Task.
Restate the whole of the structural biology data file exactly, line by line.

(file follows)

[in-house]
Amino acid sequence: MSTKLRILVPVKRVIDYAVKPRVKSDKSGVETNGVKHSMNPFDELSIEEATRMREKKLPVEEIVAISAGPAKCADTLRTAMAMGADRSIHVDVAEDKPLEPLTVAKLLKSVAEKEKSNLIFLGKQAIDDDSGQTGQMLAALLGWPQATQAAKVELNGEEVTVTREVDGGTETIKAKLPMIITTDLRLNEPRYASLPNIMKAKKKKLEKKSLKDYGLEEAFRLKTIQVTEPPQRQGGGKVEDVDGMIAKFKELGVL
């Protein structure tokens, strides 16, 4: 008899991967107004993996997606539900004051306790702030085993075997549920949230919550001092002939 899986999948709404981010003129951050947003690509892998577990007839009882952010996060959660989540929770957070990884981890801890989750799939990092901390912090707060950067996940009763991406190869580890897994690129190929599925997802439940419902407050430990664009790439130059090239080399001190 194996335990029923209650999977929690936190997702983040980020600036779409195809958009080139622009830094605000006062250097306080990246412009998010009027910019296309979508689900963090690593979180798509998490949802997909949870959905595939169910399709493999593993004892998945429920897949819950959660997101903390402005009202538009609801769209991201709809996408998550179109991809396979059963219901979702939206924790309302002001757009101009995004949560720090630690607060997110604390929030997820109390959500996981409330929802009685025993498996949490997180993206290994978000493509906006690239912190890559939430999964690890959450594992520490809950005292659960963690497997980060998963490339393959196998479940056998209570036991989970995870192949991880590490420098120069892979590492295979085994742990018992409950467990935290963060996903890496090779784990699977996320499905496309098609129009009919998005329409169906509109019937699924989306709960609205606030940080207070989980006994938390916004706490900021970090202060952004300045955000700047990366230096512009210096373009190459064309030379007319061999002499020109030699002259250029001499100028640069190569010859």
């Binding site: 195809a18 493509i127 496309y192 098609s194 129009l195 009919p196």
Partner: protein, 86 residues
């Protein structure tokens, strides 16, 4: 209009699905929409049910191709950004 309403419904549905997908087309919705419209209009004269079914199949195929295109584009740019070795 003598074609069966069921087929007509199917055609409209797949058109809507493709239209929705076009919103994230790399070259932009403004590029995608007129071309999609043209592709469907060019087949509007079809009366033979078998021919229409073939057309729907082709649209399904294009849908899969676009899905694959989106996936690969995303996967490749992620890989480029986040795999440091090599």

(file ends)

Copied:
[in-house]
Amino acid sequence: MSTKLRILVPVKRVIDYAVKPRVKSDKSGVETNGVKHSMNPFDELSIEEATRMREKKLPVEEIVAISAGPAKCADTLRTAMAMGADRSIHVDVAEDKPLEPLTVAKLLKSVAEKEKSNLIFLGKQAIDDDSGQTGQMLAALLGWPQATQAAKVELNGEEVTVTREVDGGTETIKAKLPMIITTDLRLNEPRYASLPNIMKAKKKKLEKKSLKDYGLEEAFRLKTIQVTEPPQRQGGGKVEDVDGMIAKFKELGVL
């Protein structure tokens, strides 16, 4: 008899991967107004993996997606539900004051306790702030085993075997549920949230919550001092002939 899986999948709404981010003129951050947003690509892998577990007839009882952010996060959660989540929770957070990884981890801890989750799939990092901390912090707060950067996940009763991406190869580890897994690129190929599925997802439940419902407050430990664009790439130059090239080399001190 194996335990029923209650999977929690936190997702983040980020600036779409195809958009080139622009830094605000006062250097306080990246412009998010009027910019296309979508689900963090690593979180798509998490949802997909949870959905595939169910399709493999593993004892998945429920897949819950959660997101903390402005009202538009609801769209991201709809996408998550179109991809396979059963219901979702939206924790309302002001757009101009995004949560720090630690607060997110604390929030997820109390959500996981409330929802009685025993498996949490997180993206290994978000493509906006690239912190890559939430999964690890959450594992520490809950005292659960963690497997980060998963490339393959196998479940056998209570036991989970995870192949991880590490420098120069892979590492295979085994742990018992409950467990935290963060996903890496090779784990699977996320499905496309098609129009009919998005329409169906509109019937699924989306709960609205606030940080207070989980006994938390916004706490900021970090202060952004300045955000700047990366230096512009210096373009190459064309030379007319061999002499020109030699002259250029001499100028640069190569010859």
């Binding site: 195809a18 493509i127 496309y192 098609s194 129009l195 009919p196």
Partner: protein, 86 residues
């Protein structure tokens, strides 16, 4: 209009699905929409049910191709950004 309403419904549905997908087309919705419209209009004269079914199949195929295109584009740019070795 003598074609069966069921087929007509199917055609409209797949058109809507493709239209929705076009919103994230790399070259932009403004590029995608007129071309999609043209592709469907060019087949509007079809009366033979078998021919229409073939057309729907082709649209399904294009849908899969676009899905694959989106996936690969995303996967490749992620890989480029986040795999440091090599």